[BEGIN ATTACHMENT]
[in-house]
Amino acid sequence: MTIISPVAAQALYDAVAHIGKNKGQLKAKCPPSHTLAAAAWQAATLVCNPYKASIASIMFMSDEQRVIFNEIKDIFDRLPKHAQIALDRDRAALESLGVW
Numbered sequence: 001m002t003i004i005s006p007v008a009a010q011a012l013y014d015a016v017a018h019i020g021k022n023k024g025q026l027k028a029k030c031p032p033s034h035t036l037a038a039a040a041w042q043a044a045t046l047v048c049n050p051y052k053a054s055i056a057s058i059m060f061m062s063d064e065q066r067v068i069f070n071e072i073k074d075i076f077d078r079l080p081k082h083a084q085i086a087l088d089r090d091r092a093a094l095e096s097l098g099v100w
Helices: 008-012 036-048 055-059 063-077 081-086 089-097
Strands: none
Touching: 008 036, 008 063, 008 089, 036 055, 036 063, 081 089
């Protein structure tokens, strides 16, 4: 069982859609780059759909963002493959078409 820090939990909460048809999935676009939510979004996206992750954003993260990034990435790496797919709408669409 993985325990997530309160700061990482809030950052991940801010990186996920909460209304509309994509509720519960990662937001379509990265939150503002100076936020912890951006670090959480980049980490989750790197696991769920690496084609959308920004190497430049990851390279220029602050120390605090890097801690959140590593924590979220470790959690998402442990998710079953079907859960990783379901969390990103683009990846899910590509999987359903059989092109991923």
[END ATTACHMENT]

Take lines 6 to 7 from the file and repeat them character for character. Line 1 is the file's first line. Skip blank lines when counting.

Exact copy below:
Touching: 008 036, 008 063, 008 089, 036 055, 036 063, 081 089
């Protein structure tokens, strides 16, 4: 069982859609780059759909963002493959078409 820090939990909460048809999935676009939510979004996206992750954003993260990034990435790496797919709408669409 993985325990997530309160700061990482809030950052991940801010990186996920909460209304509309994509509720519960990662937001379509990265939150503002100076936020912890951006670090959480980049980490989750790197696991769920690496084609959308920004190497430049990851390279220029602050120390605090890097801690959140590593924590979220470790959690998402442990998710079953079907859960990783379901969390990103683009990846899910590509999987359903059989092109991923």